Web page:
‘Agree to Disagree’—A Cliché or a Path to Tolerance?

When I was a child and frustrated my mom, she would express her impatience with a slight increase in her genteel Southern accent and a forced restraint as if she were counting from 1 to 10 in her head as she spoke. And then she would blurt out: “Don’t do as I do. Do as I say.”

Even as a kid who wanted to have a little go at misbehavior and rebellion, my mom’s charming statement (that was no doubt taken directly from her own mother’s reprimands) would catch me unawares. It made sense for some reason.

There was a social code in our house. As a single parent, Mom made sure we knew that there were rules. Things were expected of us. As I grew older I actually didn’t have to be told to help out around the house. With two other siblings we all jumped in and did various tasks willingly.

Watching the news with all the drama, infighting, name-calling and even violence going on between political and religious factions, it is interesting to conceive of humankind as a rather large, incredibly diverse family. To ensure order, what is needed are rules and a code of conduct like the ones we had in my house.

My brother mowed the lawn, shoveled the snow and helped with the car. I did the vacuuming and cleaned the bathroom. My sister baked up a storm and made delicious homemade breads for us. We all did our own laundry and helped in the garden. We were not rich. But we were a team, a family, a group of individuals whose survival depended on the whole.

There was sometimes fighting, tension, boredom and a little drama here and there. But looking back, I realized how coordinated we were and how much love we had for each other. That love got us through many tough times, and holds us siblings close today even after the passing of our mother.

Watching the news with all the drama, infighting, name-calling and even violence going on between political and religious factions, it is interesting to conceive of humankind as a rather large, incredibly diverse family. To ensure order, needed are rules and a code of conduct like the ones we had in my house.

The society has a rather elegant set of these on daily display. For the most part, we go about our lives unharmed. While the media likes to taunt us with threats of war and terrorism, in the United States we have relative calm. Our country was birthed in a revolution fraught with conflict and dissension. And yet 240-plus years later, that foundation of a republic that respects the rights of its citizens has allowed for a fairly decent predictability of survival.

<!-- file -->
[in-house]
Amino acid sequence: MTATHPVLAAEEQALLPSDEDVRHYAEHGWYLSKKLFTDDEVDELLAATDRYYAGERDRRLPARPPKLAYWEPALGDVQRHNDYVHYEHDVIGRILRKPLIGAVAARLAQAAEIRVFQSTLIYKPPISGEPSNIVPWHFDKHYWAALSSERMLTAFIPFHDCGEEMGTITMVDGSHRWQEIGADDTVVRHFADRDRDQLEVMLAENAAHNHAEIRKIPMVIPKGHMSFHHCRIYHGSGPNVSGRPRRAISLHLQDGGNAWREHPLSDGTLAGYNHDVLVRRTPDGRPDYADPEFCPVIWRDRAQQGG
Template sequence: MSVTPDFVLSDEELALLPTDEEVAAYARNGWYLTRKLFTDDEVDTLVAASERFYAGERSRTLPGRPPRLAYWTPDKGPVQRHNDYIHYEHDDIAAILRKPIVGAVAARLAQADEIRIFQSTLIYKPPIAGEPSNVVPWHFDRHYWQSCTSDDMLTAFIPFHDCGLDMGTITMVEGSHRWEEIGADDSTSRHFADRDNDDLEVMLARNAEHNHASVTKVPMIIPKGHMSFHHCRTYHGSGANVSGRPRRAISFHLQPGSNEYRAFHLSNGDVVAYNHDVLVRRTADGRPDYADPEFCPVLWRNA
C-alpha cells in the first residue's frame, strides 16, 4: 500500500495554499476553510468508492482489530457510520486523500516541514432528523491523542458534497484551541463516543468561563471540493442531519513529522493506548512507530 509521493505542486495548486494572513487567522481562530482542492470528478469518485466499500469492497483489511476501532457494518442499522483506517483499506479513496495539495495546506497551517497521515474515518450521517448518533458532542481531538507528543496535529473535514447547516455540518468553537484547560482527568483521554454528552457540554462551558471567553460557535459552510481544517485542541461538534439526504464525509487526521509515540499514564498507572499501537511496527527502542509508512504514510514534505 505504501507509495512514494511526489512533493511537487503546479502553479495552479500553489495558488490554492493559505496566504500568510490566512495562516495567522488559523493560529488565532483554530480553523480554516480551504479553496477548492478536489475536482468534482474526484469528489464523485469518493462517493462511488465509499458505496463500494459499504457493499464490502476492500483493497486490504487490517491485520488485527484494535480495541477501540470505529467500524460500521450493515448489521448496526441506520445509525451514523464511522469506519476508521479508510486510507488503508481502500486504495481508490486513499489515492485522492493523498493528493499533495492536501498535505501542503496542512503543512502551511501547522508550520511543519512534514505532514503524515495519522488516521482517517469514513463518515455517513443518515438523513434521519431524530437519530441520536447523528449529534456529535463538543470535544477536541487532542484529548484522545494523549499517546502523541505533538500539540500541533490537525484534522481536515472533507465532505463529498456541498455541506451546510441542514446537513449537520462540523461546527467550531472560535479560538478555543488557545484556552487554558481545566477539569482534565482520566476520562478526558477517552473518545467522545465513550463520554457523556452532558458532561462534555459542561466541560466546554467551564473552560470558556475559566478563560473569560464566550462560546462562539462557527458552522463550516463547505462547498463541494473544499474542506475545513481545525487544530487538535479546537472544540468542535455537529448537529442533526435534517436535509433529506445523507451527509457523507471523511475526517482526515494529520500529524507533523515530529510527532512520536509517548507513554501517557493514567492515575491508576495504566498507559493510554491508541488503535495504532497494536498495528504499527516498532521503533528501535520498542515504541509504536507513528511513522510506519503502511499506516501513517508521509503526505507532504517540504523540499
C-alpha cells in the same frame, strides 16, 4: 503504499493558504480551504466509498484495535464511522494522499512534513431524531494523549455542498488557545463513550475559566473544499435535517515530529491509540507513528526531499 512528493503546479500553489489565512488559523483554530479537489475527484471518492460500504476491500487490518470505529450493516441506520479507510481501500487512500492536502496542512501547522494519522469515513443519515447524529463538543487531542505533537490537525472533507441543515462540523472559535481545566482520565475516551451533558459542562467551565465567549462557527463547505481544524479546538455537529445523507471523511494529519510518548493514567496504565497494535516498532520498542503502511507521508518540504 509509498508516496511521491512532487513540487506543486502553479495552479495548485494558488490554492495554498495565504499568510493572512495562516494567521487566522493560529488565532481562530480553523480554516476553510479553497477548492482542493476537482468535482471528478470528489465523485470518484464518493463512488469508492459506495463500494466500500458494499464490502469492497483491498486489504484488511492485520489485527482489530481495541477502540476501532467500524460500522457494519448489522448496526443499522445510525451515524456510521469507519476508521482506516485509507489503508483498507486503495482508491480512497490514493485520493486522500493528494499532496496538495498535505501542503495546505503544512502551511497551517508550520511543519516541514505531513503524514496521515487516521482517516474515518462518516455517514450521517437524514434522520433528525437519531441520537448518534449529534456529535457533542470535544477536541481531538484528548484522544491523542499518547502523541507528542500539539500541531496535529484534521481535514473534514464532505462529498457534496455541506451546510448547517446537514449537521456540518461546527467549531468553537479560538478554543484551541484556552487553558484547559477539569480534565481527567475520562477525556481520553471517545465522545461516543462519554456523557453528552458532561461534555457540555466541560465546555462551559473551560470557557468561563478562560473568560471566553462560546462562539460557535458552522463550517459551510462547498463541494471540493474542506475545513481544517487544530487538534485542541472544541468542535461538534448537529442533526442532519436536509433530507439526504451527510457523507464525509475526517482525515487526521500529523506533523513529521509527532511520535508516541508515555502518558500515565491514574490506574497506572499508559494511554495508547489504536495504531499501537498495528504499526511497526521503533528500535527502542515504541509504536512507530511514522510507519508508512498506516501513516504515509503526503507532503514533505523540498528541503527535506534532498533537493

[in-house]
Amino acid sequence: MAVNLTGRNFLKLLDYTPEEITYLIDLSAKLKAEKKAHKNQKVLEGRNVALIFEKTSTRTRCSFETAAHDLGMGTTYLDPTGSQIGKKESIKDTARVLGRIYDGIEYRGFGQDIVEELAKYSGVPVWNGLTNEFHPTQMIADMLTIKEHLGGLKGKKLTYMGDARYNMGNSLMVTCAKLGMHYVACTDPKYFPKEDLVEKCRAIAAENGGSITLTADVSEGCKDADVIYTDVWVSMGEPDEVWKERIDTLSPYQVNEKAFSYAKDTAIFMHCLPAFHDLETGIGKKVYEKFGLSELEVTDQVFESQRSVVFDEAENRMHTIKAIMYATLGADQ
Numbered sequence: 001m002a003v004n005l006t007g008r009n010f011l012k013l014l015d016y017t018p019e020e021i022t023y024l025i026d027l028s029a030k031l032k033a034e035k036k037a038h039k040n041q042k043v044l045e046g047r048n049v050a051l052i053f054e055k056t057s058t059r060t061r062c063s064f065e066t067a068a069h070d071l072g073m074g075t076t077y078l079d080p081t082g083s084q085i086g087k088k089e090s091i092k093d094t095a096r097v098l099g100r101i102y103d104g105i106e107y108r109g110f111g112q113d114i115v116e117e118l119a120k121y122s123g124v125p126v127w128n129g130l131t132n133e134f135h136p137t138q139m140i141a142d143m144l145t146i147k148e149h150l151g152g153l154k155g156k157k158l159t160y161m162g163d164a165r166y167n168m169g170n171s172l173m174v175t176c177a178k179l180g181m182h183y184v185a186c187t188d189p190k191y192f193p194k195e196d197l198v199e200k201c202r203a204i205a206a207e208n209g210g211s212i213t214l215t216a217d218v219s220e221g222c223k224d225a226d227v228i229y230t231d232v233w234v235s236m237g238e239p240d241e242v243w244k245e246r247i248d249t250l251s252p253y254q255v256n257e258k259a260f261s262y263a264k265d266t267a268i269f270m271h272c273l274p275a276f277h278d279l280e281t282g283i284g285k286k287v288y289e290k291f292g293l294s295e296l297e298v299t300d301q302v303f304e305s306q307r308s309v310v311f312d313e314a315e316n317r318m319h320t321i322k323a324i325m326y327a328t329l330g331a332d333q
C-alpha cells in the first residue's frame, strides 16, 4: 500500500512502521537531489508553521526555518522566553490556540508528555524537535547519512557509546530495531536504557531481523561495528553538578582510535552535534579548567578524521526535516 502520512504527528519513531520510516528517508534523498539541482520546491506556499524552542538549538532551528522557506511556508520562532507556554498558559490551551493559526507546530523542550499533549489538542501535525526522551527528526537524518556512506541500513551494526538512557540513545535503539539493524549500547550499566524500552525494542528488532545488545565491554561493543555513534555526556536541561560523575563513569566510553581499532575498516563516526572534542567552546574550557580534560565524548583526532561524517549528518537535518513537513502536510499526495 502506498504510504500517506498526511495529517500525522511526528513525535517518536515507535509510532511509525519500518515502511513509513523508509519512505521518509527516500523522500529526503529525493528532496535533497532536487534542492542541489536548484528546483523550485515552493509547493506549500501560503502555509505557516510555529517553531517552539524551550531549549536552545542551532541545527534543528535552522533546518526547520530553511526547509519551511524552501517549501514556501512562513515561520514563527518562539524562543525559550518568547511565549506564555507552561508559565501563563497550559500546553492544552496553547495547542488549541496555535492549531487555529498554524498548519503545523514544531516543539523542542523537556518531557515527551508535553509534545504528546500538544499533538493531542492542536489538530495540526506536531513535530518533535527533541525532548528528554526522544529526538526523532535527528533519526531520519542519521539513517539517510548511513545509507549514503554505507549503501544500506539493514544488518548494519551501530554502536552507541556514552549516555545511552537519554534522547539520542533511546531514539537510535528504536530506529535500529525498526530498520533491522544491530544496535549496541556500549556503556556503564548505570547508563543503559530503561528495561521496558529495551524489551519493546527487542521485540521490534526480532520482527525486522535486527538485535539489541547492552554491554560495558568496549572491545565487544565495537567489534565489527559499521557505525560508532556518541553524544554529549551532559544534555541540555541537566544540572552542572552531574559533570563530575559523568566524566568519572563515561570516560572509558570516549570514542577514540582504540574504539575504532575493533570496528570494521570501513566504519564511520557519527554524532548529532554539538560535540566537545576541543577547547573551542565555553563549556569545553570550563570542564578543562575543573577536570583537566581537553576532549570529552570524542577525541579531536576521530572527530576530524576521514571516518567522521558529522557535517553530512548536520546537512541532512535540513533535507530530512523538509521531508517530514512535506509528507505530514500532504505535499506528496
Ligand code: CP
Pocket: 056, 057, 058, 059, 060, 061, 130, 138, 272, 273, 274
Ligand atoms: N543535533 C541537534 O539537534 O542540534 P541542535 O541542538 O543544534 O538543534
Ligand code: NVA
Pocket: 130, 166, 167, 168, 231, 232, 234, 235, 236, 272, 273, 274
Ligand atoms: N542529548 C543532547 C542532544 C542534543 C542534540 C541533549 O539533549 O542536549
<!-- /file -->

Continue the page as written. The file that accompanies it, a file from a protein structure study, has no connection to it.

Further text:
Of course there are many who will scream in horror that the world is crumbling and we are close to extinction at the hands of the weather gods or economics or politics or sadists or rabid dogs or even tainted potato salad.

The truth is, most of us walk out the door having a good expectation of returning home safe in the evening. When you look at things from that viewpoint, you realize that living in peace with your fellow man affords everyone a pretty good lifestyle.

Today I was talking to a total stranger about how divisive the public conversation has become. She is going to be a new mother in a few months and lamented that people need to learn how to “agree to disagree.” It was the third time within 24 hours that I had heard that “trite” phrase. Simple as it sounds, there is great wisdom in it.

When my mother and I were at one point unable to agree on something very important to me, and I wasn’t going to give in to her viewpoint, we agreed to disagree. I told her how much I loved her, and how much I respected her. I knew she wanted to change my mind, but she saw that she couldn’t, and maybe knew that she shouldn’t, as I was an adult with a career, a husband and a family of my own.

“If you don’t have enough energy to both love and respect your child, then respect him first. The love will follow.”

So we agreed to disagree. We continued to love each other deeply, and we didn’t let our difference of opinion on that single subject ruin the special relationship we had.

Perhaps opposing factions could learn from this. Instead of war or terrorism or destruction, if we could agree to disagree, and then find a way to communicate through the disagreement to a solution, or simply coexist with tolerance, we would be better for it.

When I was raising my child, I attended a seminar on parenting. The moderator, who himself had stellar adult children, was answering a question from a parent who told the group she lost her patience with her children because she worked long hours and was often exhausted. The moderator responded: “If you don’t have enough energy to both love and respect your child, then respect him first. The love will follow.”

I do believe if we start with respecting our fellow man, our fellow religions, our fellow political groups, tolerance—and maybe even “love”—will follow. If we can agree to disagree we buy peace for ourselves and mankind.

Photos by A_Lesik /arindambanerjee / Shutterstock.com

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